Georgian Republicans despise themselves to avoid Trump’s anger


“You’re here because we humans won’t let our votes be stolen!” Mr. Wood, the prominent right-wing lawyer in Atlanta, told the cheering crowd. “We will not let our freedom be stolen. All lies are revealed! And on January 20, 2021, Donald J. Trump will take an oath to the President of the United States. “

Mr. Wood later turned to government officials, claiming that the Georgian process was too corrupt to be involved. “We’re not going to vote for his damn Chinese-made machines,” he said. Ms. Powell, who was rejected by Mr Trump’s legal team but continues to face legal challenges on behalf of the President, Wood echoed Wood’s warning, calling on “all Georgians” not to vote “unless their vote is safe”

But from another point of view, the momentum seemed to be turning against Mr. Trump this week. On Tuesday, chief state election official Gabriel Sterling braided into the president and begged him to curb the conspiracy rhetoric that Mr Sterling said encourages people to threaten election workers.

On Wednesday, Mr Sterling’s boss, Secretary of State Brad Raffensperger – like Republican Mr Sterling – seemed to close the door on the president’s long-term hope to spoil the people’s vote. Noting that William P. Barr, the U.S. Attorney General, had just said that the Department of Justice did not find widespread fraud in the national competition, Mr. Raffensperger said, “Nor have our investigators seen widespread fraud.”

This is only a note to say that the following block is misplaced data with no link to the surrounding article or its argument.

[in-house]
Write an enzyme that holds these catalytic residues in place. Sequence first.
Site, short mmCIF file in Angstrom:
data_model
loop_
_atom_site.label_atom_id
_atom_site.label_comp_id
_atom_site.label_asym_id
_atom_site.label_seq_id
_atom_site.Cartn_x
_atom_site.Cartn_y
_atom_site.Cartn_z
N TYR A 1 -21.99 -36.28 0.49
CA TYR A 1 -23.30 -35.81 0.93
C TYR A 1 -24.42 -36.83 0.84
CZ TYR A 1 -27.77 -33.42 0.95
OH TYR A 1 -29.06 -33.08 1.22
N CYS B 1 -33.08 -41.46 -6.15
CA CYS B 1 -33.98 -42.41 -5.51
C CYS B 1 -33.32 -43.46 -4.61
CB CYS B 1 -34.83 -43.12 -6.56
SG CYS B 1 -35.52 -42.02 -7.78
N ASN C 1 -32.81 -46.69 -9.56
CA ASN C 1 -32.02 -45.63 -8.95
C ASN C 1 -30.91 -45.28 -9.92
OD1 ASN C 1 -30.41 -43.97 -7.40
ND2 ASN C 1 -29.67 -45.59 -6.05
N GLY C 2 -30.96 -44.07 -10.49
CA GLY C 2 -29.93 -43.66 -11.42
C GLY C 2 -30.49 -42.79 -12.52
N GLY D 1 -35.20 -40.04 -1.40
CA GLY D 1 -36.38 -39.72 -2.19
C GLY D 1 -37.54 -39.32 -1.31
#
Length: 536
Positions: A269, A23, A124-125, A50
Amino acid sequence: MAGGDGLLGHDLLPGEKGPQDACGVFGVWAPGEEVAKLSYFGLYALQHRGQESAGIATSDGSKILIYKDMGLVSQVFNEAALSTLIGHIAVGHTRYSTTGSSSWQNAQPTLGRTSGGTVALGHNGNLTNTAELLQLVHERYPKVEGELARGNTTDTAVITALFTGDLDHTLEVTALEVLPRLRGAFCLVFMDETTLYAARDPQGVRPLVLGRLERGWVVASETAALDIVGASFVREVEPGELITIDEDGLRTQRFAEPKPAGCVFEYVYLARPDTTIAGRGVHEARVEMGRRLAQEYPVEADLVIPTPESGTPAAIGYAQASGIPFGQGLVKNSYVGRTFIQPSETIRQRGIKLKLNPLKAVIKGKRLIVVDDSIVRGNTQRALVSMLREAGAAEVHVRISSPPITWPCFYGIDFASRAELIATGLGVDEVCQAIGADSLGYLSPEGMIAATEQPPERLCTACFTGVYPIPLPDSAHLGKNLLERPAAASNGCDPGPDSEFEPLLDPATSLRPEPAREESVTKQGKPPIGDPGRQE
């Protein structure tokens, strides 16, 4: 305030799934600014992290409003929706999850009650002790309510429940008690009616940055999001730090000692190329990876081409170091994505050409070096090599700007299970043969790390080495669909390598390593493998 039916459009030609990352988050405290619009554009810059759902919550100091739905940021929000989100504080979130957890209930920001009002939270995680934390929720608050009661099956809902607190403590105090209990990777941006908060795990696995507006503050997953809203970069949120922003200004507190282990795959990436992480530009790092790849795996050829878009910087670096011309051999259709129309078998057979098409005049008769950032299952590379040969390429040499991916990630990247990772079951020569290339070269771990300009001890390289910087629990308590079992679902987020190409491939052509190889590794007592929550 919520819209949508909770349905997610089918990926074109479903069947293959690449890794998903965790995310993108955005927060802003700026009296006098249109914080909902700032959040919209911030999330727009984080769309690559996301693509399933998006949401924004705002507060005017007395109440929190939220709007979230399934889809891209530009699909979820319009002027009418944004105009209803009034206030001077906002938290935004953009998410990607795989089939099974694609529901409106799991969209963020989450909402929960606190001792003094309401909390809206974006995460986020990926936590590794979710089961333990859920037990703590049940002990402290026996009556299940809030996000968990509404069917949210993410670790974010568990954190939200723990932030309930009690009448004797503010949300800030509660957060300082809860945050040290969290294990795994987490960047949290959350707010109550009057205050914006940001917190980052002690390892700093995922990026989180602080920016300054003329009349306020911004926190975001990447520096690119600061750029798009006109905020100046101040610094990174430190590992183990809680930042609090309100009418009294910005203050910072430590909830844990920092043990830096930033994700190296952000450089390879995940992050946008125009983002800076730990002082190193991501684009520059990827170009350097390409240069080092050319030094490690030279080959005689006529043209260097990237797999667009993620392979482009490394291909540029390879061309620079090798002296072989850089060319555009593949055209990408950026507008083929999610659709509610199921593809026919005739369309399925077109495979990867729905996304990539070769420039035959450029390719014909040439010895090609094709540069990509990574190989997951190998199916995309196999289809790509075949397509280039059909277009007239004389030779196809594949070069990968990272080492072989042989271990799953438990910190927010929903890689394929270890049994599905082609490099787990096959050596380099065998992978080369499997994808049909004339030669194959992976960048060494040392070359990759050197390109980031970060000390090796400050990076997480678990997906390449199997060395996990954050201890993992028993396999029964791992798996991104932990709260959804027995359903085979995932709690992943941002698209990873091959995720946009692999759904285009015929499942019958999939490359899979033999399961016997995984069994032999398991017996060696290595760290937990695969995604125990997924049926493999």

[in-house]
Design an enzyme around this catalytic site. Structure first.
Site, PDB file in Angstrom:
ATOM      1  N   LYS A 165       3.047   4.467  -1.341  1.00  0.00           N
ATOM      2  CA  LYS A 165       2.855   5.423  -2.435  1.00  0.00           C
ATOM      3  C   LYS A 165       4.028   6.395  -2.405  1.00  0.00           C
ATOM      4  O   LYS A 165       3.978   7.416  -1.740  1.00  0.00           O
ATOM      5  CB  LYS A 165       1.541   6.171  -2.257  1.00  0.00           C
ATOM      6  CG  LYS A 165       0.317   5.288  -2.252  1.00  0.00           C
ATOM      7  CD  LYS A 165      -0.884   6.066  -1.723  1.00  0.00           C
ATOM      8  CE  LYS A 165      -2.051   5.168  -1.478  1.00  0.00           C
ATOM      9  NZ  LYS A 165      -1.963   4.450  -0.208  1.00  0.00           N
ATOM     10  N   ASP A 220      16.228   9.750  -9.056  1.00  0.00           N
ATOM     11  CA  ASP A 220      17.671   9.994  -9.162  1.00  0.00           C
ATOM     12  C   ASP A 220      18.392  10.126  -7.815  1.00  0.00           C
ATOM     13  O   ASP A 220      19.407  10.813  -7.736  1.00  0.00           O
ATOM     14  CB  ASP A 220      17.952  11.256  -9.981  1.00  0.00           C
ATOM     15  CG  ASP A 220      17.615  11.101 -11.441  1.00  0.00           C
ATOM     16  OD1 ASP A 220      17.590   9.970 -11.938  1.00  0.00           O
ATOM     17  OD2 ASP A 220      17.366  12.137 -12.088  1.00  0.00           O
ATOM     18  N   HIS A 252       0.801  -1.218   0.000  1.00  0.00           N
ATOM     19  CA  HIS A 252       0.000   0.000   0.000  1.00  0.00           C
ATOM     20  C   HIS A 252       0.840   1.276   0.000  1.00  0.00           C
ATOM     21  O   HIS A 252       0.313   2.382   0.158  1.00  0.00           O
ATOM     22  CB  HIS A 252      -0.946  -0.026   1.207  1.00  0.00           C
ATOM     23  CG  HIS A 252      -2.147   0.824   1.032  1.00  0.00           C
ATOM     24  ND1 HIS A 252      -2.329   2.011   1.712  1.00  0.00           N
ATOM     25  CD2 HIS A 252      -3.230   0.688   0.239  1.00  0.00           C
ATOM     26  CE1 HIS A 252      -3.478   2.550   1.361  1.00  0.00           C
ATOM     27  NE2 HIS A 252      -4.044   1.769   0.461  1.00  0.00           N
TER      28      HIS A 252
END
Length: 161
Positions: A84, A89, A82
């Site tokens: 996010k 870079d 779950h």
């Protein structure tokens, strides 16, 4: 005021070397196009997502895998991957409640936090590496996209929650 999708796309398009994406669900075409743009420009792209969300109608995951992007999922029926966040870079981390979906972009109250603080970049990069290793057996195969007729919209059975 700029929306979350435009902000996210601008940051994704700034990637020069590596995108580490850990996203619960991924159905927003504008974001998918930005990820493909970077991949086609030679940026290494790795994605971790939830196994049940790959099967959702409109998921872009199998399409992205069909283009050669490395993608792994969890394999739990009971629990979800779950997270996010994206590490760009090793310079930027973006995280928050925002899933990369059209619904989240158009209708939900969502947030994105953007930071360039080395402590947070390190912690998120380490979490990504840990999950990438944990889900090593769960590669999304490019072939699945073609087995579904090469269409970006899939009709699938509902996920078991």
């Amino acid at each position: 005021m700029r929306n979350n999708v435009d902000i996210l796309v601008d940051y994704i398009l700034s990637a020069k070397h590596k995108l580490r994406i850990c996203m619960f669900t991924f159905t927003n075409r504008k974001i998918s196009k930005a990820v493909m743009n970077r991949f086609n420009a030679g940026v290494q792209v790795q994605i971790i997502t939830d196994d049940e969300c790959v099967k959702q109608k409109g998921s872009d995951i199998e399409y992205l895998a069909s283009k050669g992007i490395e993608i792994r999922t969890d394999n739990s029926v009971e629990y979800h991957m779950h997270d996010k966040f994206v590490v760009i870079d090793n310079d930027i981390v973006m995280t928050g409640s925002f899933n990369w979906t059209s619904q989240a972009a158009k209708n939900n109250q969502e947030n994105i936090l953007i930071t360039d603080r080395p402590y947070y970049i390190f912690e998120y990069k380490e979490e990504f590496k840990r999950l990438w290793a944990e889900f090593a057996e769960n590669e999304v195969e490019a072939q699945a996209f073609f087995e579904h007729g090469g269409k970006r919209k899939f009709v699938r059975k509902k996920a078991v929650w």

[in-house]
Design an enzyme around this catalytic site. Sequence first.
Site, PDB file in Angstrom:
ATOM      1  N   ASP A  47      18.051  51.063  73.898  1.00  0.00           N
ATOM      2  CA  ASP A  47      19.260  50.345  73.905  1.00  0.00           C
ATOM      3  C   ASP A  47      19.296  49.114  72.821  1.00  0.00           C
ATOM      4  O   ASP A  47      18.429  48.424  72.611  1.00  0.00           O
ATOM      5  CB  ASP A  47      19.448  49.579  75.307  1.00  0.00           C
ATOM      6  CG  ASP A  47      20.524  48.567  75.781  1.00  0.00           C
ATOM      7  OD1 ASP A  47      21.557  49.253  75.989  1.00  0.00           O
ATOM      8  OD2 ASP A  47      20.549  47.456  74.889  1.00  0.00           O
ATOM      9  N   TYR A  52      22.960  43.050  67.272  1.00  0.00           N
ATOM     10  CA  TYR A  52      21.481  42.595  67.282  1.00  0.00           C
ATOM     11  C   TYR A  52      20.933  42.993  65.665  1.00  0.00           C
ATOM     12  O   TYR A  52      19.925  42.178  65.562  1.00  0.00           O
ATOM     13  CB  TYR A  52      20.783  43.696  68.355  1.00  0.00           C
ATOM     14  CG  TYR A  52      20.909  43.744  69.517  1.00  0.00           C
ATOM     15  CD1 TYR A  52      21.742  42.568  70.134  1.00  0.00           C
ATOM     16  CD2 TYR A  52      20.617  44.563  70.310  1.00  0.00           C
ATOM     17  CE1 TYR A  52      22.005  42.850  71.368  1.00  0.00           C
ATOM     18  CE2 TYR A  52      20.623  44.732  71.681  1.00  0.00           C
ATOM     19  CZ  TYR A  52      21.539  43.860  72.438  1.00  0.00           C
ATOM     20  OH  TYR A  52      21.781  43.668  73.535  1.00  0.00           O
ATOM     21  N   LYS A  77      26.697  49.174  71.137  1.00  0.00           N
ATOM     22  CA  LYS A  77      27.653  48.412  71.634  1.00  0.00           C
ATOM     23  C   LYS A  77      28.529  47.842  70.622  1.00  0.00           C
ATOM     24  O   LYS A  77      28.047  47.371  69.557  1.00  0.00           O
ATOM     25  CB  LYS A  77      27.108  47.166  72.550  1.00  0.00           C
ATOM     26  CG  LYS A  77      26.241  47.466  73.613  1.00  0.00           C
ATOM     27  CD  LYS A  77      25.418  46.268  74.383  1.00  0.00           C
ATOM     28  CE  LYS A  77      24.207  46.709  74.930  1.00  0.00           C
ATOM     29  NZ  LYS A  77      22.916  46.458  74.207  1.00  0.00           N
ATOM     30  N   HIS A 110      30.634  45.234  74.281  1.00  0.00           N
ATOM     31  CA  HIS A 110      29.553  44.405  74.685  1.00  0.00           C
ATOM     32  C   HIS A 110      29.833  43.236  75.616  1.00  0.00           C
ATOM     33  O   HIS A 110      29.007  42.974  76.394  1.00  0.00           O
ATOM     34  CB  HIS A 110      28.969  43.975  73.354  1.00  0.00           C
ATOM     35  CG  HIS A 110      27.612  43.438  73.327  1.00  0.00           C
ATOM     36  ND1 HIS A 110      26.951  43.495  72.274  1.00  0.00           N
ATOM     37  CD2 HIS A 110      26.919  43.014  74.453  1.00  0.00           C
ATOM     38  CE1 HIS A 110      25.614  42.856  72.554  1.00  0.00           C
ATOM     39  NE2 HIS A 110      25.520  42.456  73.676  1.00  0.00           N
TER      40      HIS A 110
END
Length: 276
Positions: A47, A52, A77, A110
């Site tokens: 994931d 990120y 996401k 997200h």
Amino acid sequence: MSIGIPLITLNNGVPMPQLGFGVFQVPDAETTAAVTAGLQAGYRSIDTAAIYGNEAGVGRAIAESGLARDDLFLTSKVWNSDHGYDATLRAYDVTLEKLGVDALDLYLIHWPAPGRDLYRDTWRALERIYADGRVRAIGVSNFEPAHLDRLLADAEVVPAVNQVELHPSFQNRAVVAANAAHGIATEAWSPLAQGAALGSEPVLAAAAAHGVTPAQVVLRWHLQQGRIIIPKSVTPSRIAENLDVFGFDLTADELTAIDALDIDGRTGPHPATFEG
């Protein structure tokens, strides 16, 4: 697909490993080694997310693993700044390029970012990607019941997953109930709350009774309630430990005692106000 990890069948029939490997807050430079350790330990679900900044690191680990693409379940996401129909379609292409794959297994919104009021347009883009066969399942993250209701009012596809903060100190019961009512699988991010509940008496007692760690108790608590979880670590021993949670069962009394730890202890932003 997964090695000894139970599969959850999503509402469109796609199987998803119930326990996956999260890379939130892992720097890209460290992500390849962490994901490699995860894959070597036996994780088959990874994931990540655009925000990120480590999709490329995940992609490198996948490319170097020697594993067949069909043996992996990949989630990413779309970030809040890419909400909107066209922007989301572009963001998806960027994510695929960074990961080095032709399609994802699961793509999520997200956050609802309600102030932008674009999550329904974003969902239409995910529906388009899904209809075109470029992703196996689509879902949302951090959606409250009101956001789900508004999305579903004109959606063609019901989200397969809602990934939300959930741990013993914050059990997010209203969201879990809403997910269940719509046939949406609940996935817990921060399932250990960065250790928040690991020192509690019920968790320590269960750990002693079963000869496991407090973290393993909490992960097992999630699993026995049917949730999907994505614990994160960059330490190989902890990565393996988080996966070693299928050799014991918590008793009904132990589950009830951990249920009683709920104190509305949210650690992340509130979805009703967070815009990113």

He added that the second recount of the Georgia vote, which will be completed by Wednesday midnight, shows that Mr. Biden is indeed the winner. And the Secretary of State named Mr. Biden as President-elect.

At the same time, political expediency is a significant factor. Mr Raffensperger, who will be re-elected in 2022, is one of Georgia’s top Republicans, leaning towards two distinct imperatives: defending the integrity of their state’s choice while trying to survive the bizarre and changing political weather of the mercury-created systems Trump.

The president may suggest conspiracy theories and reproaches — he publicly attacked Mr. Raffensperger and Mr. Kemp for not agreeing to his wishes — but he is also the most popular figure in the Republican Party. Nationwide, Mr. Trump’s sustained attack on the integrity of votes, though false, convinced many Republicans that there was something crooked in the election. No one is sure whether he will continue or not, how long he will continue to lead his party’s sovereignty.